Have you wondered about those big yellow and black KOA signs positioned off almost every major highway in North America? Well, KOA stands for Kampgrounds of America. KOA boasts about five hundred campgrounds in the U.S. and Canada.
KOA has been around for fifty-two years. In 1962 Dave Drum and his business partners set up their first campground in Montana for travelers headed to Washington state for the Seattle World’s Fair. They now have their first television commercial. The video of the commercial is titled “KOA: Where to Find Your Perfect Campfire.”
In a recent NY Times article, KOA talks about their mission to create awesome family vacation memories. According to the same article, last year the company began designating it’s campgrounds into three categories:
- Journey – convenient stops for one-night stays
- Holiday – campgrounds that are destinations in themselves
- Resorts – campgrounds with upscale features (restaurants, group meeting spaces, saunas)
KOA’s mission is getting people to experience outdoor living and creating happy campers. From personal experience as a camper for over thirty years, I can attest to the consistency in quality of facilities and services from the majority of the KOAs where I have stayed during those years. Most of my KOA experience has been in the west and the southwest U.S.
My particular favorite KOA is San Francisco North/Petaluma KOA. In addition to the wonderfully friendly and helpful staff, it is located in a beautiful pastoral setting on the north side of Petaluma, California.
From this KOA, one can take daytrips into San Francisco, to Napa Valley wine country, to the ocean at Bodega Bay or to Point Reyes National Seashore, to smaller and quaint Sonoma County towns and cities of Sebastopol, Healdsburg and Occidental. It really is in a perfect location to do some great sightseeing of the area.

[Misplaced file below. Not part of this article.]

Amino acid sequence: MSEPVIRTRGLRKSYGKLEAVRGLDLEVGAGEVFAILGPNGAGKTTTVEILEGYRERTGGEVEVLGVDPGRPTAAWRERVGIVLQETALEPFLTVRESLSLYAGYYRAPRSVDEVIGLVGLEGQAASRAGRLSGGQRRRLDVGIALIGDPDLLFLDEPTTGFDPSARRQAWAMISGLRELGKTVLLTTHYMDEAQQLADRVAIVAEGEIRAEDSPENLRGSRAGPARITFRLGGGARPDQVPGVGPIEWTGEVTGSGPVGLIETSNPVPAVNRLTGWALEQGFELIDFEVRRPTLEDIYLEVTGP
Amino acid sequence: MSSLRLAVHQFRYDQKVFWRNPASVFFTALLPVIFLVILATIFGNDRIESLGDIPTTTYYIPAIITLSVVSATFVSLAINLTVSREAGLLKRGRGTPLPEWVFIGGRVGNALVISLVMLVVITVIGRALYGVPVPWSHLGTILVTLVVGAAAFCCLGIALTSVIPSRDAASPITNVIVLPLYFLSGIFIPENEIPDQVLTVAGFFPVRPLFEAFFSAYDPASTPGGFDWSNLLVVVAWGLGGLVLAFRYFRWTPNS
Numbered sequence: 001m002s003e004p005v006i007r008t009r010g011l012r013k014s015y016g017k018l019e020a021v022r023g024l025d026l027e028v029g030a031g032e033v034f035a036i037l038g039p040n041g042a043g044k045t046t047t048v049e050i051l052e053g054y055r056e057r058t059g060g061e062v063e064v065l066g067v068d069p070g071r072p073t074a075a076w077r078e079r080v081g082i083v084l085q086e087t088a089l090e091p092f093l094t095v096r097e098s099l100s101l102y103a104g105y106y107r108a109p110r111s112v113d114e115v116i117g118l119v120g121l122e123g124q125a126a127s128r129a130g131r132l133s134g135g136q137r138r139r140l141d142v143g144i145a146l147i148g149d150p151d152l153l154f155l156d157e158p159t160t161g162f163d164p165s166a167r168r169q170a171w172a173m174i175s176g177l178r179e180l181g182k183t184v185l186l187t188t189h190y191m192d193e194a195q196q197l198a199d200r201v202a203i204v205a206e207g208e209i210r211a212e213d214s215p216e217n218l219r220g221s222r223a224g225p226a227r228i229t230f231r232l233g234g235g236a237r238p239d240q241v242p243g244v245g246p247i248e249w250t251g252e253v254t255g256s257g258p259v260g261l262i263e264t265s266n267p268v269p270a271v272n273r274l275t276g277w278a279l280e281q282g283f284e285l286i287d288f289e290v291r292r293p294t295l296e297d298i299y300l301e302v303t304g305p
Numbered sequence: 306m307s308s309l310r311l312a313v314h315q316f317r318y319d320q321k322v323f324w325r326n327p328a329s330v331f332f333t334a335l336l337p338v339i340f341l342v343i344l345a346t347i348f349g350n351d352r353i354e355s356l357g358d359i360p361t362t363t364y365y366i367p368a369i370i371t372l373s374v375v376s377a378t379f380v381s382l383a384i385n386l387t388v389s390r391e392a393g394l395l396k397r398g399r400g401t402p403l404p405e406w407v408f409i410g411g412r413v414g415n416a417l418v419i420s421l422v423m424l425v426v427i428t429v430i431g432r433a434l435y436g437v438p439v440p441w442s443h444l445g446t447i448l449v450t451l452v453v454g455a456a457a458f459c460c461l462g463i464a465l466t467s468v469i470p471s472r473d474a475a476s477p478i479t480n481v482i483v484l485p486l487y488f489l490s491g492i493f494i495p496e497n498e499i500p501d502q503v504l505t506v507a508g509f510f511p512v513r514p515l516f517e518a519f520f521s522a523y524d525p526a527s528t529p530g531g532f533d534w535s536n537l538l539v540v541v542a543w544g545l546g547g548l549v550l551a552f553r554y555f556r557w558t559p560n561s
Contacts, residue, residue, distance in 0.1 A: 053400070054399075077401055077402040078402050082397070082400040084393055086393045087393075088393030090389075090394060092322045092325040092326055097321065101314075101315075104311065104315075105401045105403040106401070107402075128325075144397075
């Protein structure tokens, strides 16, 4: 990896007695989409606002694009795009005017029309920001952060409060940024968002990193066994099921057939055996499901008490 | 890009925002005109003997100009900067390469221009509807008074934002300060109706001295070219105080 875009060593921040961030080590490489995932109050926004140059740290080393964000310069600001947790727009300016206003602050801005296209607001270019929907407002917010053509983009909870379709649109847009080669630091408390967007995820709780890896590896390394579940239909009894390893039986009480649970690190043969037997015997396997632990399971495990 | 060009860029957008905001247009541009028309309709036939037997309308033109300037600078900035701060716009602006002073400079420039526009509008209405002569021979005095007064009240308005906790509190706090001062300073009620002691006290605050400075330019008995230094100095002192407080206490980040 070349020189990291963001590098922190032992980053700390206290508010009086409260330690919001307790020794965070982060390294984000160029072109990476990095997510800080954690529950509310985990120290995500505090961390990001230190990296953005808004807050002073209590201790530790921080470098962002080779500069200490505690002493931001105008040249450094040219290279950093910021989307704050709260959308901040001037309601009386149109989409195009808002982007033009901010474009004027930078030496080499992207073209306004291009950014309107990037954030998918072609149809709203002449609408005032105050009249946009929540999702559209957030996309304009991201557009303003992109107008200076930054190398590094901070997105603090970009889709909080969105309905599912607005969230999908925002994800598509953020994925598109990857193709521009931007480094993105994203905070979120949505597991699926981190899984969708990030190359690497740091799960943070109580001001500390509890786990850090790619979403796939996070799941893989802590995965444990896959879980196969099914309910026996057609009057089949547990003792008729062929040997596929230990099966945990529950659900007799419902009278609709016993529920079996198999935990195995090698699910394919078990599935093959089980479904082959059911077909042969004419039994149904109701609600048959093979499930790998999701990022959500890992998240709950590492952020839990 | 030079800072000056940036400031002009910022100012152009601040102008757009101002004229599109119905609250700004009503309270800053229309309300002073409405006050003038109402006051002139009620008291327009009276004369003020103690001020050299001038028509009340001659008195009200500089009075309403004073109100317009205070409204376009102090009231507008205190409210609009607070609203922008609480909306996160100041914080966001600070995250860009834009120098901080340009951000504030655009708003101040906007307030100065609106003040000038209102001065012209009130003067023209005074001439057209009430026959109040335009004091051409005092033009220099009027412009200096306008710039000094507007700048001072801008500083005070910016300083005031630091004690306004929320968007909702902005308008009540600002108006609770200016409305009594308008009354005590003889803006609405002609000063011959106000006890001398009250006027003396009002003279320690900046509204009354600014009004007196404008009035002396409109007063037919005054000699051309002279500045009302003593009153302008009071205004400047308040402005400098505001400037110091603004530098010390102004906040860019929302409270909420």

The SF North/Petaluma KOA grounds are nicely kept with several dozen cabins and lodges and nearly 300 RV and camping sites. The family can truly enjoy the campground with a large playground for the kids, a climbing wall, a small petting zoo (that’s where the picture of the little goat in the girl’s arms was taken), a big swimming pool and a hot tub and small store in case you forgot your toothpaste.
Campers and travelers stop at the SF North/Petaluma KOA from all over the world. During my stays there, I’ve met people from Switzerland, Australia, India, China, Japan, Germany, all provinces of Canada along with many Californians and other U.S. citizens. The campground is pet-friendly with a large grassed and fenced-in off-leash dog play area.
If you want to find your nearest KOA or if you want to reserve a campsite or cabin in advance while traveling, they have a great online reservation system. Take a look for yourself and see what your options might be.
Happy travels everyone!